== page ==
CARTHAGE, Mo. —
One school building would be constructed and another renovated if voters in the Carthage School District approve a bond issue being proposed by the Board of Education.
The panel on Monday unanimously voted to submit to district residents in the April 8 election a proposed $18 million bond issue that would finance construction of a new Intermediate Center for fourth- and fifth-grade students on district-owned property near Steadley Elementary School.
The plan, which does not call for an increase in the district’s current tax rate, also envisions the existing middle school being renovated for use as a junior high school, and the current junior high becoming a sixth-grade center. The district’s elementary schools then would accommodate students through the third grade, and high school attendance would remain the same.
Superintendent Blaine Henningsen said the building plan is an outgrowth of recommendations from a Carthage 2020 committee that several years ago worked on a series of recommendations for projects in the district. He said the goal is to prepare the district for growth expected in the middle school and junior high grades based on higher student numbers seen now in the lower grades.
“Kindergarten, first, second and third grades are our largest classes, and unless we do something, we’re not going to have the space we need to accommodate that growth,” he said.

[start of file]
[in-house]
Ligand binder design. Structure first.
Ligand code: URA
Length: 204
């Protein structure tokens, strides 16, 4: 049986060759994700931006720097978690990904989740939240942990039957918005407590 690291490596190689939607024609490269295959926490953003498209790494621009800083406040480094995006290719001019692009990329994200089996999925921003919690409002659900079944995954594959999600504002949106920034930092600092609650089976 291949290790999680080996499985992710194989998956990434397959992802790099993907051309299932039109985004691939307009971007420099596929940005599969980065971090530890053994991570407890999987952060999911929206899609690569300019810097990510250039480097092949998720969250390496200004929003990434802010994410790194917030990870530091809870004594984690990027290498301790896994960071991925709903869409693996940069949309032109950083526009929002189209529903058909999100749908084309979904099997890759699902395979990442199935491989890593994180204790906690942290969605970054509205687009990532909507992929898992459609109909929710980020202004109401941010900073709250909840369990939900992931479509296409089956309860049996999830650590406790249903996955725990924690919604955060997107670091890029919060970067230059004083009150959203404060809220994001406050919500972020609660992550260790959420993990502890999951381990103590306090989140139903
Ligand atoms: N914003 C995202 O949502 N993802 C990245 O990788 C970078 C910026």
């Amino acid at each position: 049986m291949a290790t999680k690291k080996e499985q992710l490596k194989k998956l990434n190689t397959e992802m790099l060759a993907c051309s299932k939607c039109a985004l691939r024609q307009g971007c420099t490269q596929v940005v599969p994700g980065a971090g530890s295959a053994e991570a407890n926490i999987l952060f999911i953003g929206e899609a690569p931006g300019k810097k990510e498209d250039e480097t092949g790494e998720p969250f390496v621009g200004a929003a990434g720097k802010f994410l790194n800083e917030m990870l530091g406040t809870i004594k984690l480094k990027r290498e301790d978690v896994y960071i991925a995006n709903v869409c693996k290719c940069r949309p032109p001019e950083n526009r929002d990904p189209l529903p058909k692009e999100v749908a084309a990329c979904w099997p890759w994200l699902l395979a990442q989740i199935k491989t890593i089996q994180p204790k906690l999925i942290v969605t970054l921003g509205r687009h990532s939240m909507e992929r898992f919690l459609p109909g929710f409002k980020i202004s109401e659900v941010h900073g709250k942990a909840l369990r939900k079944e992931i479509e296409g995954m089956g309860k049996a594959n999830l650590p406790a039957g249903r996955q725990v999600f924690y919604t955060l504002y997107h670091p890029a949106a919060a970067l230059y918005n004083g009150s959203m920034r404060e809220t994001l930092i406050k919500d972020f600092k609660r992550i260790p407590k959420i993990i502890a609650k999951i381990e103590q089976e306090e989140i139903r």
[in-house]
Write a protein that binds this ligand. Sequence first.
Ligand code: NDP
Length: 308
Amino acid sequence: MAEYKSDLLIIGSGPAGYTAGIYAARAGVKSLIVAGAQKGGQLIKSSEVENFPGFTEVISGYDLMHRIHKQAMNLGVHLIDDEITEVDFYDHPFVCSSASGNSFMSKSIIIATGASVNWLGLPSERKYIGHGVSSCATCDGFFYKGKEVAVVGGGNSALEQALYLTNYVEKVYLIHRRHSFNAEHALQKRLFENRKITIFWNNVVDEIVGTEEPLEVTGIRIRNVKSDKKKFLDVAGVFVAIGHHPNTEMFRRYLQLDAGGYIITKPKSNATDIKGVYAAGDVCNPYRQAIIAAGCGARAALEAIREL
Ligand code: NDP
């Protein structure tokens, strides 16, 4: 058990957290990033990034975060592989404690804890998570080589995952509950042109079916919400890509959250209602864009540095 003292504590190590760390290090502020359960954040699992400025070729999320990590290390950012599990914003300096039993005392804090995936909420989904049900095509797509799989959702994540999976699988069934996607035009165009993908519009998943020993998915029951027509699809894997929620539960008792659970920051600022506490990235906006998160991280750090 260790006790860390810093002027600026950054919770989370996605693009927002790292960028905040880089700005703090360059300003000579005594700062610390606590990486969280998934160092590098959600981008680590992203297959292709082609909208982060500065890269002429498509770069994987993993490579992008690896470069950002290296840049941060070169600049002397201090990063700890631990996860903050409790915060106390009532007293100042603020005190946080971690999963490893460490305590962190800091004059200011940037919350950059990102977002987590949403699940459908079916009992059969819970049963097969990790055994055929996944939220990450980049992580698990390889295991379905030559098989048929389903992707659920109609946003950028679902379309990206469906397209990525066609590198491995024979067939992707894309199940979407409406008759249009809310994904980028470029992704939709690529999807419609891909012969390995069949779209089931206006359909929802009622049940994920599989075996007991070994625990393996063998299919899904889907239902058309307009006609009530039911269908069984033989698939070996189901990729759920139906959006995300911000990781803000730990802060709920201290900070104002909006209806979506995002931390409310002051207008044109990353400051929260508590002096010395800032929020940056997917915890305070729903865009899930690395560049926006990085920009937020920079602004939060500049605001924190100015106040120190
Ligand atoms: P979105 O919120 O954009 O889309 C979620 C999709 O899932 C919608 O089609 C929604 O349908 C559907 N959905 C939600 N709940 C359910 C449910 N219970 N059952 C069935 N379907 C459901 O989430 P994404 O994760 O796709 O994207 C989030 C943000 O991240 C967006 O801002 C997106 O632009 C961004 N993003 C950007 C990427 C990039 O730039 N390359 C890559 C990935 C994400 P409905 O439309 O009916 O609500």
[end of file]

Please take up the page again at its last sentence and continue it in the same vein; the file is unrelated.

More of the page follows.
Henningsen noted that the advisory group had urged the district to find innovative ways to finance its projects. He said federal and state grants had paid for most of the cost of the new Carthage Technical Center building and for a new early childhood center currently under construction. In the meantime, he said, the district has added classroom trailers at Mark Twain Elementary School, has converted space at Fairview Elementary for additional classrooms, and is renting space from Fairview Christian Church.
“We’re using all the space we have,” he said.
Board members were told several months ago that the district could finance up to $18 million in school improvements by extending its debt-service levy at its current rate. The district’s total tax rate, at $3.58 per $100 assessed valuation, has remained the same for a number of years. It includes a debt-service levy of 83 cents. The full levy, at $3.58, costs the owner of a home with a market value of $100,000 about $680 per year in school taxes.
The new and renovated buildings would include tornado safe rooms, the superintendent said. After meeting needs for more classroom space, construction of safe rooms was a top priority among patrons who were surveyed about what should be financed by a bond issue.
In other business Monday, the board heard reports on the district’s English language learner program and reviewed proposed calendars for the 2014-15 school year.
SCHOOL CLOSINGS because of snow have added seven days to this year’s school calendar. Currently, May 29 is scheduled as the last day of school this term. Graduation ceremonies originally set for May 13 have been moved to May 20.